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Fatherhood advice for dads and from dads

Father and child flying a kite

Over the years we’ve been lucky enough to have many awesome dads contribute to our site.

There have been the celebrity dads we’ve interviewed, the author dads who’ve written amazing blog posts for us, and not to mention the dad who co-founded the Bub Hub in the first place! We’ve also had loads of articles written specifically for dads.

Here are some of the best bits from those articles …


“Keep dinner simple and don’t stress if they don’t eat it. Try to buy less prepackaged food as possible – I know it’s easier but your kids will enjoy fresh produce better.

“Every day is a challenge but most probably the most rewarding and best challenge I have had in my life.”

Miguel Maestre, celebrity chef

“A baby may be small, but there is a lot to do and I was overwhelmed; the only way I could cope was to equate fatherhood to something that I was already in possession of intimate knowledge of … owning a car!

“Both a child and a car require frequent refuelling, cleaning and regular maintenance to ensure their smooth operation and longevity. Should you fail to keep up a regular regime in terms of these three practices both the child and the car will begin to look shabby, smell a little bit and start making horrible noises.”

Steve Bedwell, author

“(Parenthood) is going to be tough but worth it, be the best version of yourself you can possibly be.”

“We need to lead by example. We will also be more conscious about our choices and decisions. We need to stop allowing children to rule the roost and take control.”

Commando Steve aka Steve Willis

“Having a baby is a huge life change for both parents so DO SOME RESEARCH and don’t be afraid to ask for advice or assistance from friends and family. If you leave the research to your partner, you cannot be unhappy if your perspective is overlooked!

“We are all very busy these days, but I cannot stress enough the importance of being involved with your kids. Be a coach, attend the kindy function, go to swimming lessons, play in the park, or just read a story. Thirty minutes of one-on-one time is good for you! Yes, your kids will love it but small children do not understand stress – they are joyful, happy beings.”

Brad Lauder, Bub Hub co-founder

“Becoming a dad myself has made me a better children’s entertainer. It has certainly made me even more appreciative of the parents who bring their children to see my shows, or buy my music. Sometimes, as a parent, it is so hard to even get out of the front door with your children. So I really appreciate what the parents are sacrificing to bring their children.”

Sam Moran, children’s TV presenter

“If you are suffering from [postnatal depression], just know that there are people out there willing and able to help you. Don’t be afraid to ask for it, this depression isn’t you, and it’s OK to admit you’re not coping. Talking about this made me feel a lot better, and even today keeping that open dialogue with my wife keeps everything in check.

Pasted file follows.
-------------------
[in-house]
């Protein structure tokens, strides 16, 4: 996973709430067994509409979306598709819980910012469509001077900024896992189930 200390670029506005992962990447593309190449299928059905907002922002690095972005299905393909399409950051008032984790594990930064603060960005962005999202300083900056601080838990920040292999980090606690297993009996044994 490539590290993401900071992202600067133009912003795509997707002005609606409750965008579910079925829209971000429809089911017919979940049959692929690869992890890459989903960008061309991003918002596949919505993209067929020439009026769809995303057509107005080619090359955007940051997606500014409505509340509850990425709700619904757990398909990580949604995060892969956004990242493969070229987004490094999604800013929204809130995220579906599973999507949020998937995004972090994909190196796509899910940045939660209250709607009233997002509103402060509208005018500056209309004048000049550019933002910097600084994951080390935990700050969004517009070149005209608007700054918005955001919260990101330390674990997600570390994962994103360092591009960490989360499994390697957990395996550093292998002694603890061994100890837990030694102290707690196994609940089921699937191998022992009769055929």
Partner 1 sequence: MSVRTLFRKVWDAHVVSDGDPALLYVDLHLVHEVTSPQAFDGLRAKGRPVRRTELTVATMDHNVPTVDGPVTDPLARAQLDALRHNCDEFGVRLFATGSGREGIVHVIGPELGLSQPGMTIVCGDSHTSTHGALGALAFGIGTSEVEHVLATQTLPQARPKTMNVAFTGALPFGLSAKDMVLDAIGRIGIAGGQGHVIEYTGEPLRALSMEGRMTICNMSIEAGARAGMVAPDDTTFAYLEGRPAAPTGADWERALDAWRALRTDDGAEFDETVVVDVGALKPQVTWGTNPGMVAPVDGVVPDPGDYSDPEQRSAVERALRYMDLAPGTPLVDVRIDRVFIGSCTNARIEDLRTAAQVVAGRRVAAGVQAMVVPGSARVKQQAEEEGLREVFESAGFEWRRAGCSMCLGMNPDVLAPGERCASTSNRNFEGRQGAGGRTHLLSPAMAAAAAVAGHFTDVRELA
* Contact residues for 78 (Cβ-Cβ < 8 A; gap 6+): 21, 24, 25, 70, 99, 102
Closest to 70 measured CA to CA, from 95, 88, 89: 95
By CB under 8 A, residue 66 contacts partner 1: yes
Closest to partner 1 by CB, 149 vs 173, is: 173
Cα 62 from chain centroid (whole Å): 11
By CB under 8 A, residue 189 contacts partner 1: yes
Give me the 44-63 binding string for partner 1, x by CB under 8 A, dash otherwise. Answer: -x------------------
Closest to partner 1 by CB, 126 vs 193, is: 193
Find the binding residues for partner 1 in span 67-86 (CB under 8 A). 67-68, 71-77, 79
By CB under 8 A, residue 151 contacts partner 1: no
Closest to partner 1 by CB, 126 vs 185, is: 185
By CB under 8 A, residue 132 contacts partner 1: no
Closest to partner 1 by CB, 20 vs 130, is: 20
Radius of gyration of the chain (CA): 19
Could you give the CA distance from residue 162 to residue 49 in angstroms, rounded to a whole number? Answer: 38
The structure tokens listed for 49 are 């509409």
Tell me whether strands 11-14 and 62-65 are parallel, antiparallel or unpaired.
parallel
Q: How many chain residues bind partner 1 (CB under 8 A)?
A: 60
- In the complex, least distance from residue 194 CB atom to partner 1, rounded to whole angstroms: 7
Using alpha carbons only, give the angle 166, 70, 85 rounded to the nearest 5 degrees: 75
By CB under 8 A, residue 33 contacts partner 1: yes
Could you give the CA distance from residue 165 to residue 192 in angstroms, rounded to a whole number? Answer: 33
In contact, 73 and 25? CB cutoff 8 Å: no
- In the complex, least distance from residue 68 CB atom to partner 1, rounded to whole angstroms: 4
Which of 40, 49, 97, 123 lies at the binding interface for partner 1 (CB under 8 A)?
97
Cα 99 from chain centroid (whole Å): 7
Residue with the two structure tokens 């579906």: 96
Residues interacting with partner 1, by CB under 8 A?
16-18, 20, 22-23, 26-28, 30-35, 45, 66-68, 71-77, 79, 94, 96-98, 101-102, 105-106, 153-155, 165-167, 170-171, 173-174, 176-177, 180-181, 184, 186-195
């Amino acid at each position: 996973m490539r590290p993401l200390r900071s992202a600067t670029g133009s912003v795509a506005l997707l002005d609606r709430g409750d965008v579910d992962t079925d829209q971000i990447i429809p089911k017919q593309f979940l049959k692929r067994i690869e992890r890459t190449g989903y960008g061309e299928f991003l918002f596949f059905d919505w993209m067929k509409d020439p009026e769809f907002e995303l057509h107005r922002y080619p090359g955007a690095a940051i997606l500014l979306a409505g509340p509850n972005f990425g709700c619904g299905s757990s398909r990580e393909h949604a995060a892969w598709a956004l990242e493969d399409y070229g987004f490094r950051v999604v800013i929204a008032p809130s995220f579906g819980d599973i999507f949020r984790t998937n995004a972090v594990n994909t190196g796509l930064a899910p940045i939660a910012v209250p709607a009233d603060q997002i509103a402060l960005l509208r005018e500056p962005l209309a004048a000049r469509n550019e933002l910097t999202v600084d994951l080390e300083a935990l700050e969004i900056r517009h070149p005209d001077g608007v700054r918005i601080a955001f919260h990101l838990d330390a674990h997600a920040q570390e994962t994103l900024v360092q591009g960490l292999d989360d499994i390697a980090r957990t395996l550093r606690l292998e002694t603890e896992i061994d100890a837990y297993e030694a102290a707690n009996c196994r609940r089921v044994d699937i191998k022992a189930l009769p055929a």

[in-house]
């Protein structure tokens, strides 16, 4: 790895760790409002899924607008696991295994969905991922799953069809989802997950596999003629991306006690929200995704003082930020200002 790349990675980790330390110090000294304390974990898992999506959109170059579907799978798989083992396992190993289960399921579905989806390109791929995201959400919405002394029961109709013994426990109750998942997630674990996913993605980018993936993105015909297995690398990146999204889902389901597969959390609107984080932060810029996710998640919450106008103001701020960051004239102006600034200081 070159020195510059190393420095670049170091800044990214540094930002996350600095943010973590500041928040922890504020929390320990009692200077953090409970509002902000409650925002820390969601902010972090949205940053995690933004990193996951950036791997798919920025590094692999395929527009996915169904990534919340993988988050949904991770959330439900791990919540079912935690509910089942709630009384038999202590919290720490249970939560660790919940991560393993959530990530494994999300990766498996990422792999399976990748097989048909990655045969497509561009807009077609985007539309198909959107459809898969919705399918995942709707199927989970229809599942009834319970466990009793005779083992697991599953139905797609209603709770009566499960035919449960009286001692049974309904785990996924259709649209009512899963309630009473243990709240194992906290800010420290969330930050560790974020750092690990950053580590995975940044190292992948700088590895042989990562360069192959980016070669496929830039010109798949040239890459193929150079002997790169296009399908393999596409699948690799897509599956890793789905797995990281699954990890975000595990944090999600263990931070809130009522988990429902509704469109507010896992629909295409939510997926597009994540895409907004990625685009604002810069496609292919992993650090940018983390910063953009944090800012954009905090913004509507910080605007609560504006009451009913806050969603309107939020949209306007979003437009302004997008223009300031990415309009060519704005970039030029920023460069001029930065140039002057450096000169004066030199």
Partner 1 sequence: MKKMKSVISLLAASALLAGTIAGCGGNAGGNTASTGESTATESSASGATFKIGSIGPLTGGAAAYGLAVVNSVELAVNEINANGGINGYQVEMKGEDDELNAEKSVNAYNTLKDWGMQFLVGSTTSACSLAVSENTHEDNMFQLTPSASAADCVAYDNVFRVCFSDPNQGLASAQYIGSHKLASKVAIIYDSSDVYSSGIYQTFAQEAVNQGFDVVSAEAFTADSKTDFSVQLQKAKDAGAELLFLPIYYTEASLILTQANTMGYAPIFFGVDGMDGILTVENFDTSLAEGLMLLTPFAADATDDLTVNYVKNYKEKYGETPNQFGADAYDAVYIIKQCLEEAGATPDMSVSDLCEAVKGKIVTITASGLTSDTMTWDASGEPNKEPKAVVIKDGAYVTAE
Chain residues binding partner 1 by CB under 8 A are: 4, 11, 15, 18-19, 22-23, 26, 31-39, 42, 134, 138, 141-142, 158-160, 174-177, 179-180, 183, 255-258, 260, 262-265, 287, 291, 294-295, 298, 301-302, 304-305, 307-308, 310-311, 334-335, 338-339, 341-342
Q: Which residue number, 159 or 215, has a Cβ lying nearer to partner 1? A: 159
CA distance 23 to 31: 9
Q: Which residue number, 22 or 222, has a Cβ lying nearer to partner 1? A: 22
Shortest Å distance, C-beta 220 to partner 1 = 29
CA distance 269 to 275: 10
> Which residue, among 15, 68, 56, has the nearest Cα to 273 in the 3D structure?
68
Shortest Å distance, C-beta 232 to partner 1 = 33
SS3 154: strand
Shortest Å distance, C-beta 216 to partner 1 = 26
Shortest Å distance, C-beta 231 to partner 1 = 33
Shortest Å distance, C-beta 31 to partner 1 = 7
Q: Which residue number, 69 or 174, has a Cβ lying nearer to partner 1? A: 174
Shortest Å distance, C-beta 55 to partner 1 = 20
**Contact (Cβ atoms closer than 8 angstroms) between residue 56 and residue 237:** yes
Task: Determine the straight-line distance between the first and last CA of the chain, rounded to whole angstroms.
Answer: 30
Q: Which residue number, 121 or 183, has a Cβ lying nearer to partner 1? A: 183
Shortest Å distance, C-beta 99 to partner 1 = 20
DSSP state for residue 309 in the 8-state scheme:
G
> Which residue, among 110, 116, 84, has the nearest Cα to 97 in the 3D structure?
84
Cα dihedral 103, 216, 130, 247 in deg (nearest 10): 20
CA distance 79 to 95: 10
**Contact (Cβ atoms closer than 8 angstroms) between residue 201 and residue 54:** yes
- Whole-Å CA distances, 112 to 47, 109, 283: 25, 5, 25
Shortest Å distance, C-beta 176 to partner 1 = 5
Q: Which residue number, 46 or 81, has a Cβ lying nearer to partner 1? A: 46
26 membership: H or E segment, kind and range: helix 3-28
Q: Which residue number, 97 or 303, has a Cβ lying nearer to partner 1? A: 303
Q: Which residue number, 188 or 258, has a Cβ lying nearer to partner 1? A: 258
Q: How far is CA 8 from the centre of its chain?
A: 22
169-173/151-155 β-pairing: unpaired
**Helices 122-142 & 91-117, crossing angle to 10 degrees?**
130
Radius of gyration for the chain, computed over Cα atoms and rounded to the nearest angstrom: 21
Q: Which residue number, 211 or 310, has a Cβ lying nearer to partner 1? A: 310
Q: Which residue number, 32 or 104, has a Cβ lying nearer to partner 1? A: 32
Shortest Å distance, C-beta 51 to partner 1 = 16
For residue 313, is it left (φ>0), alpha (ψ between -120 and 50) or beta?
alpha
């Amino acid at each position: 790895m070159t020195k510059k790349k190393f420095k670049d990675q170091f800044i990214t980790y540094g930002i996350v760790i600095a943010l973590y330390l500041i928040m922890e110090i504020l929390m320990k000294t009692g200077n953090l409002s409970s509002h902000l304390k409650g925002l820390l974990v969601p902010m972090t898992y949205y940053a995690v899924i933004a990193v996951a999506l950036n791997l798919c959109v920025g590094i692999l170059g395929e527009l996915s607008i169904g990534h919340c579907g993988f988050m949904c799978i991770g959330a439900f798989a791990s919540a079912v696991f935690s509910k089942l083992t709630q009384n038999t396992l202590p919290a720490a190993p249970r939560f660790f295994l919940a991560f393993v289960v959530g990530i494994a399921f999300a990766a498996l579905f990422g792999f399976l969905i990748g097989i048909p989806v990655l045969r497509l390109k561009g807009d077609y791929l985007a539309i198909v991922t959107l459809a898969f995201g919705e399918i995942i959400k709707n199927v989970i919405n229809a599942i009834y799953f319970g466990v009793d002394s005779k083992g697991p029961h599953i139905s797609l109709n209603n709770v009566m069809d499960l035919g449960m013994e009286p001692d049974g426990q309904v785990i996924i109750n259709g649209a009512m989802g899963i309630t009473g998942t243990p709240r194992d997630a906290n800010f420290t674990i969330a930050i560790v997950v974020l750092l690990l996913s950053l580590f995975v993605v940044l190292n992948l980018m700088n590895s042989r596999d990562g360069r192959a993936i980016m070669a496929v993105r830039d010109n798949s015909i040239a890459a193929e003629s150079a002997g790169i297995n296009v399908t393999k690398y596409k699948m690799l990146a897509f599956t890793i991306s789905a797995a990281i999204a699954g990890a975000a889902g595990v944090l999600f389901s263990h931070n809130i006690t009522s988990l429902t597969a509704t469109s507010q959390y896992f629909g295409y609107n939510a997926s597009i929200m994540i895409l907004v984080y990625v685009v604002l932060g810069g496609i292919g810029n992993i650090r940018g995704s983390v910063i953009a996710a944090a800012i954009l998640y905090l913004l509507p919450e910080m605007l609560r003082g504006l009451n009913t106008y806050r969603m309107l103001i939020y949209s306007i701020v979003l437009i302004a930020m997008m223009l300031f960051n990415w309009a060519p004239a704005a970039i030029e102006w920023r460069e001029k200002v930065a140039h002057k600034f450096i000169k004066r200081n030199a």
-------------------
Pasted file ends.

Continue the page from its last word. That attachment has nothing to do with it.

“All I can say is that it will get better. I can’t tell you when, but there will come a time when you feel it. It might not last long, and you may revert back like I occasionally do. But you just have to keep going, keep fighting and slowly let the good days out number the bad ones.”

Ross Hunt, blogger at Isablog

“It’s single handedly the hardest, most exhausting and fundamentally amazing thing I have ever experienced.

“The stuff that actually matters is fun, silliness, love, care and compassion.”

Daniel Steele, teacher and blogger at Upgrade Think Learn

“[Fatherhood] is more like a hike than a picnic. There are tough parts, easy parts, areas to be cautious and spots to rest; but overall it’s generally a full journey that’s beautiful for the most part and memorable enough that you may want do that hike again. Maybe even a few times!”

Sean Tonnet, psychotherapist

“Active, engaged dads do things differently than mums, from changing nappies to their playing styles and that is exactly how babies like it. This all adds to your baby’s experiences and research shows that having these positive interactions helps babies develop into healthy children with good emotional wellbeing and strong resilience.”

Helen McAllister, National Director Raphael Services

“Look after yourself. The same way you look after your kid. Nurture is a foreign word to many men, but that’s precisely what we need to do — to our kids, yes, but also ourselves.

“We’re no good to our kids if we aren’t in full flight.”

Ryan Heffernan, author

“It has often been said that by the time a man reaches the end of his life he is not wishing he did more for his employer, or wishing he had a better golf handicap, he is wishing he spent more time with his children and family.”

Frances Wolff, psychologist, child & family therapist

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